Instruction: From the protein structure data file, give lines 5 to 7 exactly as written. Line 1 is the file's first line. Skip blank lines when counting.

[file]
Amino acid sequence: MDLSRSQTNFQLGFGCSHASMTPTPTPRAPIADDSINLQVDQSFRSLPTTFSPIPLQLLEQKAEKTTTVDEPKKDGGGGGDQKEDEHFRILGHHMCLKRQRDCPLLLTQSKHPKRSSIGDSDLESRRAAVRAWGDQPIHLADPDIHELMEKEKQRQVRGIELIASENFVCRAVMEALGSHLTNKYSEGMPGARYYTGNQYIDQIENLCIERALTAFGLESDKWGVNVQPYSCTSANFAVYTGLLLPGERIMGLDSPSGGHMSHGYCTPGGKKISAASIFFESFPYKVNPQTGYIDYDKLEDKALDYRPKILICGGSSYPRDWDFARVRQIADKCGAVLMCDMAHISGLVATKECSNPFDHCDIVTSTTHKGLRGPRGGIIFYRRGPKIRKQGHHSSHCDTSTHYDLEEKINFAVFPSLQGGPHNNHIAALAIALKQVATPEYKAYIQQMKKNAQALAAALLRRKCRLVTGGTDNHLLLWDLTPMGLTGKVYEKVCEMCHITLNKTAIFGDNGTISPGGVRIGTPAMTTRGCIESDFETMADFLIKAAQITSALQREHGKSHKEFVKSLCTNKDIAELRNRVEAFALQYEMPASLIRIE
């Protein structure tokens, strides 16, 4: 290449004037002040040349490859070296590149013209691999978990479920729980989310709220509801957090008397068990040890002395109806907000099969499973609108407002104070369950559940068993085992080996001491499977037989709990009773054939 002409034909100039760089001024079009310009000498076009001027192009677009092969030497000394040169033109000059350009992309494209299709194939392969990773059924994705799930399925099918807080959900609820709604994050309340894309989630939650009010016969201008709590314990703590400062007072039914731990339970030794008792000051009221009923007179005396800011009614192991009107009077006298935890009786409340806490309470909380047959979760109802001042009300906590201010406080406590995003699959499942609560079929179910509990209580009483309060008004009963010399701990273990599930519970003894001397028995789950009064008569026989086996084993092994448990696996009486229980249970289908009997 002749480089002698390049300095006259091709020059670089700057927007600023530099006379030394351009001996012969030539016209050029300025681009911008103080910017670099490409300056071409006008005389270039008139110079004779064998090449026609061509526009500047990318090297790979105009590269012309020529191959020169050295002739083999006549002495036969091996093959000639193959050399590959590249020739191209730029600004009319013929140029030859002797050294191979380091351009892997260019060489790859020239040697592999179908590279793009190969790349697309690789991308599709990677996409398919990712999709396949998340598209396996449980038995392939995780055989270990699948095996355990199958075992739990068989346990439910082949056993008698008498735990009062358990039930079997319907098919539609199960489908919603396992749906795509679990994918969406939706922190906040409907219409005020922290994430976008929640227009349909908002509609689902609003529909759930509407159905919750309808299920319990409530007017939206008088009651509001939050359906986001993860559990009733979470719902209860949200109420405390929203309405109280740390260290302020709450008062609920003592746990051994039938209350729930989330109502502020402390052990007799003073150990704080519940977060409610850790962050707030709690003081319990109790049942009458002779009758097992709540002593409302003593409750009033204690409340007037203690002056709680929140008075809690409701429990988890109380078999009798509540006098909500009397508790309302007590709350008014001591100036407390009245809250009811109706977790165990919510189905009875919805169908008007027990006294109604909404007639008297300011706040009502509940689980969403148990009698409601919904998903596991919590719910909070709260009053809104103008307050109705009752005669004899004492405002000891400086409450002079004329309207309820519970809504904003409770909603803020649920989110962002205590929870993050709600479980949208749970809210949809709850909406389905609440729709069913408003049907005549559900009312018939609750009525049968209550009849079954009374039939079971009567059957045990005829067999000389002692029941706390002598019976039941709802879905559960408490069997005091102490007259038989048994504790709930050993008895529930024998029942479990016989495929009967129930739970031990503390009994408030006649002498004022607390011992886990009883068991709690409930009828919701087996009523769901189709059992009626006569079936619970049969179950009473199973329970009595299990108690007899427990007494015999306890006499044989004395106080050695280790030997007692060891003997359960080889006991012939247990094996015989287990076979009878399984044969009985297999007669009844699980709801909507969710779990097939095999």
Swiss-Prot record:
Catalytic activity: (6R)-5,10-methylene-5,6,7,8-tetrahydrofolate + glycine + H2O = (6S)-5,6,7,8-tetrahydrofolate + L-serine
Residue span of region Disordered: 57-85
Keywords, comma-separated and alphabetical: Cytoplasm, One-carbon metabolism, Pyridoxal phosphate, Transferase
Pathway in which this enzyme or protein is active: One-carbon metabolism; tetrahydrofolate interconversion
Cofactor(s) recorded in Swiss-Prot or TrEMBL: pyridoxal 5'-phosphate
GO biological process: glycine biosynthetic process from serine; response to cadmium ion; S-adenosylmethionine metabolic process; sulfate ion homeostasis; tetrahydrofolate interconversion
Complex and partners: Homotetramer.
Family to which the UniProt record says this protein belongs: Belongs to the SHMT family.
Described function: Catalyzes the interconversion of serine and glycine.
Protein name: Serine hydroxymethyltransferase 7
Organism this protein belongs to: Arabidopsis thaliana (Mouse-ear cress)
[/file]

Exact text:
Residue span of region Disordered: 57-85
Keywords, comma-separated and alphabetical: Cytoplasm, One-carbon metabolism, Pyridoxal phosphate, Transferase
Pathway in which this enzyme or protein is active: One-carbon metabolism; tetrahydrofolate interconversion